Starting April 1st, title groups will be eliminated and eligible organizations can choose among any of the Microsoft donated products without being limited by the title groups. Also, unless otherwise stated, organizations can request up to 50 licenses of each product.
The premium products are usually referred to as ‘professional’ or ‘enterprise’ and the standard products are usually referred to as ‘standard’. For example, Office Professional vs. Office Standard. Standard products will still be available as donations.
There will not be a difference in cost for SQL Standard, which will remain in the donated catalog. As far as the discounted versions of the products, we don’t have exact pricing yet, but Microsoft’s blog post (https://blogs.microsoft.com/on-the-issues/2018/02/21/accelerating-transformation-nonprofits-technology-social-impact/), does describe the discounts this way:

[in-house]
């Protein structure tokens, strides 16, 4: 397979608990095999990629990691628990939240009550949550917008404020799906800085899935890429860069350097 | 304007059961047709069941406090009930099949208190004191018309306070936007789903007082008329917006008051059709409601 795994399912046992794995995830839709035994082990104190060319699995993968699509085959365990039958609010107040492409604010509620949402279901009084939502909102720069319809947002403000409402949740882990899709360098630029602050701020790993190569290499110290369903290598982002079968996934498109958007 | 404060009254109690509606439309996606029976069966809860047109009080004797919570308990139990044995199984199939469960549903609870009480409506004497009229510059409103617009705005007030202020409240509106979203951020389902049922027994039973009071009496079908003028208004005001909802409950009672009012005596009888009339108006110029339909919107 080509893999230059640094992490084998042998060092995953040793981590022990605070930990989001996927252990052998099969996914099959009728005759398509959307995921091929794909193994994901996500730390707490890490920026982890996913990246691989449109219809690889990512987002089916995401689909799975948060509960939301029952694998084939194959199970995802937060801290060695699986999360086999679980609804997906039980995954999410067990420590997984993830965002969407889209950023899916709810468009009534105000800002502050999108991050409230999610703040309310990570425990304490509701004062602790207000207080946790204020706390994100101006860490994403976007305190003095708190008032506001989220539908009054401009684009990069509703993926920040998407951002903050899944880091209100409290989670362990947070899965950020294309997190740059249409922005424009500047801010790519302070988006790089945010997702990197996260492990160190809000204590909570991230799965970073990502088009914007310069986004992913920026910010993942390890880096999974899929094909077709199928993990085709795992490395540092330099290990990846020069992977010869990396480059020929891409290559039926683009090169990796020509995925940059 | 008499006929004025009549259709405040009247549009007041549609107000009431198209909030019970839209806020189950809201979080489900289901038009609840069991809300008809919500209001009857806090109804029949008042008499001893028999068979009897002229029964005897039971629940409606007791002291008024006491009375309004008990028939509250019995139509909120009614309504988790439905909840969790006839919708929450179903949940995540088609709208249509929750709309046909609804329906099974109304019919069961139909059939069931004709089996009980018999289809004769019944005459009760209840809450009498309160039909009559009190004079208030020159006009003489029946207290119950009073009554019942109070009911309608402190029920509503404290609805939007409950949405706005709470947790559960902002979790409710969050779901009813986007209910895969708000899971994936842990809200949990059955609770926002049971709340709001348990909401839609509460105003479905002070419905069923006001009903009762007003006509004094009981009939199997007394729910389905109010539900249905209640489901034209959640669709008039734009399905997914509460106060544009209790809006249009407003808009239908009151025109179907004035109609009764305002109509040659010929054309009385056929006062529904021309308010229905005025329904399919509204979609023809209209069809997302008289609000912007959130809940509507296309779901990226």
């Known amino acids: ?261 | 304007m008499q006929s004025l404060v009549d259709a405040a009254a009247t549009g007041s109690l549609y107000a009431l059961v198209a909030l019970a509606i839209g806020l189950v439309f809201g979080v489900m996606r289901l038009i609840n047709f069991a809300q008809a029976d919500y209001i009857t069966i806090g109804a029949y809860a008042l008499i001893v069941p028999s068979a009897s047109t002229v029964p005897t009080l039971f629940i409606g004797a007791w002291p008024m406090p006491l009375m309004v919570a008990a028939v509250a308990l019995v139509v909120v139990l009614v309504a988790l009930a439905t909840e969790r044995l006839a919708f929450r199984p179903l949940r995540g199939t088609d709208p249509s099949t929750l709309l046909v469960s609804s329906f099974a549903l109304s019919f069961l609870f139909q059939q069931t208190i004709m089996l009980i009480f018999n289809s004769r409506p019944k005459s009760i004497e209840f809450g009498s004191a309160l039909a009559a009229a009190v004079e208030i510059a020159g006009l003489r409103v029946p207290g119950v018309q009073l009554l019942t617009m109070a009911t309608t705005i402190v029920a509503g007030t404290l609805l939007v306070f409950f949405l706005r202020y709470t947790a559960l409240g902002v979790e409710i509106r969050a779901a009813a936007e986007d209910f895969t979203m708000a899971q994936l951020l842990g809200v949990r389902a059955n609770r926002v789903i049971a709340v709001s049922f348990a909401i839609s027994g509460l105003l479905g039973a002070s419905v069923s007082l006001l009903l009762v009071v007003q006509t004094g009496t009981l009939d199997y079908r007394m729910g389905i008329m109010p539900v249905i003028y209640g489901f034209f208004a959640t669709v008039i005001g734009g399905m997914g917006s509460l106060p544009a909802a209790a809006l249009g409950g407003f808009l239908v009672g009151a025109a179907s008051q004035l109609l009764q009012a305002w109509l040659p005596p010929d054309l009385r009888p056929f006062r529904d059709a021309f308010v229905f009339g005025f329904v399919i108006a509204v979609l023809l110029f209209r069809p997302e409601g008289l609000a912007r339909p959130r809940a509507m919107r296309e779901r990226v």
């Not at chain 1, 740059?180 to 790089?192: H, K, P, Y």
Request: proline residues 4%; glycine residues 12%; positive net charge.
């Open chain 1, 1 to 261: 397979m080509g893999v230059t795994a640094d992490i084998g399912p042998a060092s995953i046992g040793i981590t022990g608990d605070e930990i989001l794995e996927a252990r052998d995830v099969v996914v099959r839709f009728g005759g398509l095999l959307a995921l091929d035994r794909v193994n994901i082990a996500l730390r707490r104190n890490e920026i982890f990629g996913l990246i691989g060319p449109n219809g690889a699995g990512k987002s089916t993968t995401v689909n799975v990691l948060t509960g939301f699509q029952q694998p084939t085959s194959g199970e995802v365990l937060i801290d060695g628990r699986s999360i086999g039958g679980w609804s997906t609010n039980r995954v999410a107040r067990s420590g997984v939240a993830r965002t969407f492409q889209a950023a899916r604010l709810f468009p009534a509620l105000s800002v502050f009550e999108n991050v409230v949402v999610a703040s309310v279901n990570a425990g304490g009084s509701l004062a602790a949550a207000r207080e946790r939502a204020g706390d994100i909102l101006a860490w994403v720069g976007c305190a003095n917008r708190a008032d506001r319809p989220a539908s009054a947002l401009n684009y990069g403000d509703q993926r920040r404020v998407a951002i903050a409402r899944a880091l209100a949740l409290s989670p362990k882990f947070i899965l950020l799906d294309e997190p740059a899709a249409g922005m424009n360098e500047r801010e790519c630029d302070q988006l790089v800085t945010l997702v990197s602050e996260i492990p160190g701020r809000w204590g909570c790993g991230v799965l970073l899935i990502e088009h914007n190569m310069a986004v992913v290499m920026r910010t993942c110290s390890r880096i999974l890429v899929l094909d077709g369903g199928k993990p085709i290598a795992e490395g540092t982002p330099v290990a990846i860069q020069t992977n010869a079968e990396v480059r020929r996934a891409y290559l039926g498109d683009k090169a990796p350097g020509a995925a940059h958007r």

Predictable pricing with standardized discounts One clear message from nonprofits worldwide is that predictable pricing is critical to strategic IT planning. We are creating a standard discount model across cloud and on-premises products that provides the transparency required for effective IT planning. A majority of our standard software and SaaS solutions, such as Office 365 E3, will be available at affordable prices — on average, 75 percent off commercial pricing. Likewise, a majority of our software and SaaS cloud solutions, designed for premium enterprise-class scenarios, such as Office 365 Enterprise E5, will be available for an average of 60 percent off commercial pricing.